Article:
When people list off the greatest guitarists who have ever played, Eric Clapton is usually in their top five at the very least. There were numerous greats who played before him, starting with Chuck Berry, followed by Keith Richards, and certainly including George Harrison (who likely took a few notes from Carl Perkins and other rockabilly greats). Clapton had the benefit of developing his skills within an industry that had already seen these big names take the stage, and he was able to process what they had done and improve upon it.
By learning from those who came before him, Clapton managed to become one of the most influential names in electric blues rock. His overall skills were developed largely during his time with the Yardbirds, but his career with Cream taught him that the amp was a fundamental tool for any lead guitarist. Most bands in the 1960s had not fully explored the power of their amps to the extent that Cream did.
Not only did Clapton’s penchant for amped-up sound add a great deal of energy to his live performances, but he knew how to use it in the studio as well. He managed to create ambience while also playing around with feedback. All he had to do was simply set the mic on the other side of the room, then crank the amp up as loud as possible.
Surprisingly, Clapton would have defined himself as a traditionalist. While he would take songs like “Hide Away” by Freddie King and go all out on the guitar riffs, he would still technically play them with every note in place. His solo career further demonstrated his love for traditional sounds, as he composed guitar parts that added distortion while still paying tribute to classic blues numbers. He even had the poise of a classical guitarist. While his music would be wild and often energetic, he was known for playing his riffs while standing in one position. He did not have to leap around and do air-kicks in order to entertain a crowd.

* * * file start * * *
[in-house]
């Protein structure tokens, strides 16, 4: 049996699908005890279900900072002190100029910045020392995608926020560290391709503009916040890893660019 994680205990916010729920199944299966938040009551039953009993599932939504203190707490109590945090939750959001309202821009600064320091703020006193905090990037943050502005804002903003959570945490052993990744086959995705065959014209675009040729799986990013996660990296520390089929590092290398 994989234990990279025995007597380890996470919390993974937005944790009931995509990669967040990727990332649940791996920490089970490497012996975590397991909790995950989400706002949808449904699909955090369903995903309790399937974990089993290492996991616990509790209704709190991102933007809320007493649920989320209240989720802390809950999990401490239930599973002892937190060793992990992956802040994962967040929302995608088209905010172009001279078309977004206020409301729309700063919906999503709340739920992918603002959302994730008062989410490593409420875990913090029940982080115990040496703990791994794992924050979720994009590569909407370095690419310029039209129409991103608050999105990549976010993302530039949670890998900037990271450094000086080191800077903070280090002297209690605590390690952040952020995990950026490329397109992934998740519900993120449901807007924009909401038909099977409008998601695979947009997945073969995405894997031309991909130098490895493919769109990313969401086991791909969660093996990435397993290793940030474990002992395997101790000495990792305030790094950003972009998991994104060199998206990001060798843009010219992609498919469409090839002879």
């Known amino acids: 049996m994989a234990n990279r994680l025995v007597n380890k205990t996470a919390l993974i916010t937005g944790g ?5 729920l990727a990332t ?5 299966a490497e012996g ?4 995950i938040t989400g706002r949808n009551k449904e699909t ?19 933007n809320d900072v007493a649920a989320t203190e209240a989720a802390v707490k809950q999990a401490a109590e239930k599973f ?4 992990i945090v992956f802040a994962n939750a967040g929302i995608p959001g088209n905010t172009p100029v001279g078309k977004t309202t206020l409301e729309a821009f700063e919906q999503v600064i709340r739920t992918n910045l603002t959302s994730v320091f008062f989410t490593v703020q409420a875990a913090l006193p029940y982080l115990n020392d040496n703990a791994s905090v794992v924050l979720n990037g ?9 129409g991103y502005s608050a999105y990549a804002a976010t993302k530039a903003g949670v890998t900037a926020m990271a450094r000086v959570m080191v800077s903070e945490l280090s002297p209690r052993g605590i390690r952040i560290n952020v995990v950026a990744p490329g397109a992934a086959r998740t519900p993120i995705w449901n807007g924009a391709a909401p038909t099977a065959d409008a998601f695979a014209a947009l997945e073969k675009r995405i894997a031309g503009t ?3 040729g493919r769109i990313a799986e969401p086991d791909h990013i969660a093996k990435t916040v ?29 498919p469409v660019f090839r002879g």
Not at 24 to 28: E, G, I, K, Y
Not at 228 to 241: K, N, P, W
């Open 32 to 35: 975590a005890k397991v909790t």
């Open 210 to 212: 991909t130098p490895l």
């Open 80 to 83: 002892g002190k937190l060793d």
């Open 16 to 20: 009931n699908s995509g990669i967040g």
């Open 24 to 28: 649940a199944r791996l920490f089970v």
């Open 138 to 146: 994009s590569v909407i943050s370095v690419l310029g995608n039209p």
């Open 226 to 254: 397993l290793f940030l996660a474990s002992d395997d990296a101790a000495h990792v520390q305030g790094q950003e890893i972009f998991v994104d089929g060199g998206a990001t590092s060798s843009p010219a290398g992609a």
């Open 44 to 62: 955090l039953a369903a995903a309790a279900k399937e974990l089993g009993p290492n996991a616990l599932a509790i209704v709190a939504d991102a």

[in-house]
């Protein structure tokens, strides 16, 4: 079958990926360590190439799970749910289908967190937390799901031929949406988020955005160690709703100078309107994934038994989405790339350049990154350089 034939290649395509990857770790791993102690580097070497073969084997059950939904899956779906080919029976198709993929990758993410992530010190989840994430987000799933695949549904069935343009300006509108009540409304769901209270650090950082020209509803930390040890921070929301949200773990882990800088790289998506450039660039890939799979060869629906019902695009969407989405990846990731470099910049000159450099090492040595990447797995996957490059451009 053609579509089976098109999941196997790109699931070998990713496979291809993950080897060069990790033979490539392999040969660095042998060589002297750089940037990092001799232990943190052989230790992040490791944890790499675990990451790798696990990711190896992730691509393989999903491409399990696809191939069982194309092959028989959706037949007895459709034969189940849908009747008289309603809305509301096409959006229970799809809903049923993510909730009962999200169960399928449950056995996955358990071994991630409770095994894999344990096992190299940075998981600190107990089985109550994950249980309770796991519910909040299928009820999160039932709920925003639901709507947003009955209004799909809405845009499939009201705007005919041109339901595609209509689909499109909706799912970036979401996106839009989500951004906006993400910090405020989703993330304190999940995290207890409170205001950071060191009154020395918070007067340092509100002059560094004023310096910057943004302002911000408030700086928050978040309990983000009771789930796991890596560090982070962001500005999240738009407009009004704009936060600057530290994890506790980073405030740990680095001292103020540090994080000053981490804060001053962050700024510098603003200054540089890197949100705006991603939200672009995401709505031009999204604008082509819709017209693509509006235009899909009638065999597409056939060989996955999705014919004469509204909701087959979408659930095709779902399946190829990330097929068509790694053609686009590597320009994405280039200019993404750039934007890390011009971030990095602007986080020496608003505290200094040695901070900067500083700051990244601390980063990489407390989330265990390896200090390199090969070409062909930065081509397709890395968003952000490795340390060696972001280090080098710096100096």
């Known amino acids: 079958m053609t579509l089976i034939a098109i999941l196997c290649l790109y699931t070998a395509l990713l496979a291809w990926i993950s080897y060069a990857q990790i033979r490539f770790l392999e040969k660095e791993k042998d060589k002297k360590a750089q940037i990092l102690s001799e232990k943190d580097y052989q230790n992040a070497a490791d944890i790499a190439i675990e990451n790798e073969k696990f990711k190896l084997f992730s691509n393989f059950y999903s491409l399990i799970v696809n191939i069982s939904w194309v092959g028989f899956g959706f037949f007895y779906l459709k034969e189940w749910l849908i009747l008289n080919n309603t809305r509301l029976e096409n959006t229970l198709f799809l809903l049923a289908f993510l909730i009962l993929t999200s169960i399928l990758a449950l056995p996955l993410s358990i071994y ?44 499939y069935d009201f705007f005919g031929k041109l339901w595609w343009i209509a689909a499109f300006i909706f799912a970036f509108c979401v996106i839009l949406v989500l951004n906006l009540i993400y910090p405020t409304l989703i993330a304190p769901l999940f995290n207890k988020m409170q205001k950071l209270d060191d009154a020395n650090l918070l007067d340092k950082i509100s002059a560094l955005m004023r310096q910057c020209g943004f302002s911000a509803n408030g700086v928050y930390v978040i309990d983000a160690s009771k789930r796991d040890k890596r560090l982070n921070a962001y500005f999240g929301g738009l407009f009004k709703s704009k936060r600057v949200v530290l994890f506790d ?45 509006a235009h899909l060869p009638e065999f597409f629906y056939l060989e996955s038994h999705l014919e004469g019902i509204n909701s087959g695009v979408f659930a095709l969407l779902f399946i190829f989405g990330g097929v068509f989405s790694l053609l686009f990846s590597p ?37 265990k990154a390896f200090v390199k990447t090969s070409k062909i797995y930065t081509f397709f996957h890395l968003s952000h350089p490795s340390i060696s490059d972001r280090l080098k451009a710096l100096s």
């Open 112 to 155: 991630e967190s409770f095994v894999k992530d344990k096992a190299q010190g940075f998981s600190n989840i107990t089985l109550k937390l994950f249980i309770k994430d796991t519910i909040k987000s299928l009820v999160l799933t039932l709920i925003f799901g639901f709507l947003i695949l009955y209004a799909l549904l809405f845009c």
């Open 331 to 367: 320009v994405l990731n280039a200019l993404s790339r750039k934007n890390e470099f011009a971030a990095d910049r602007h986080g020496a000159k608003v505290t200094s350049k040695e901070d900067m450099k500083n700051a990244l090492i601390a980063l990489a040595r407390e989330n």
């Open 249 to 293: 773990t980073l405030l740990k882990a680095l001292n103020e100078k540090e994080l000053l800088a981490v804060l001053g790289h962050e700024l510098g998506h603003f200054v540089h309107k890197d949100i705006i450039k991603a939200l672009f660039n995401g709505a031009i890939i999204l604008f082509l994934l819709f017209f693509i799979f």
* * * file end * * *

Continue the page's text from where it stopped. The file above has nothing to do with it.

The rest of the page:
Clapton had a fairly extensive solo career, but some of his most well-known work was done with the Yardbirds and with Cream. Possibly his most famed guitar solo was in Cream’s “Crossroads.” His guitar part is creative and passionate, yet almost sounds as if there is a hint of anger and frustration behind it due to the frenetic rhythm with which he plays.
In the 1970s, Clapton began to focus less on his insane guitar rhythms and more on singing and songwriting. Robert Johnson, who had written “Crossroads” for Cream, was one of Clapton’s all-time favorite blues singers and was a major influence on his writing style. He was also influenced by the Band, as well as Bob Dylan.
True fans of Eric Clapton are certainly familiar with his singing and songwriting, but it is still his abilities as a guitar player that truly take the cake. From Cream’s “Steppin’ Out” and “Crossroads” to “Have You Heard” with John Mayall, Clapton established himself as a force with which to be reckoned. Rare is the budding guitar player these days who has not become well-acquainted with his work, regardless of whether or not they bothered convincing themselves that they might actually have the chops to imitate it.
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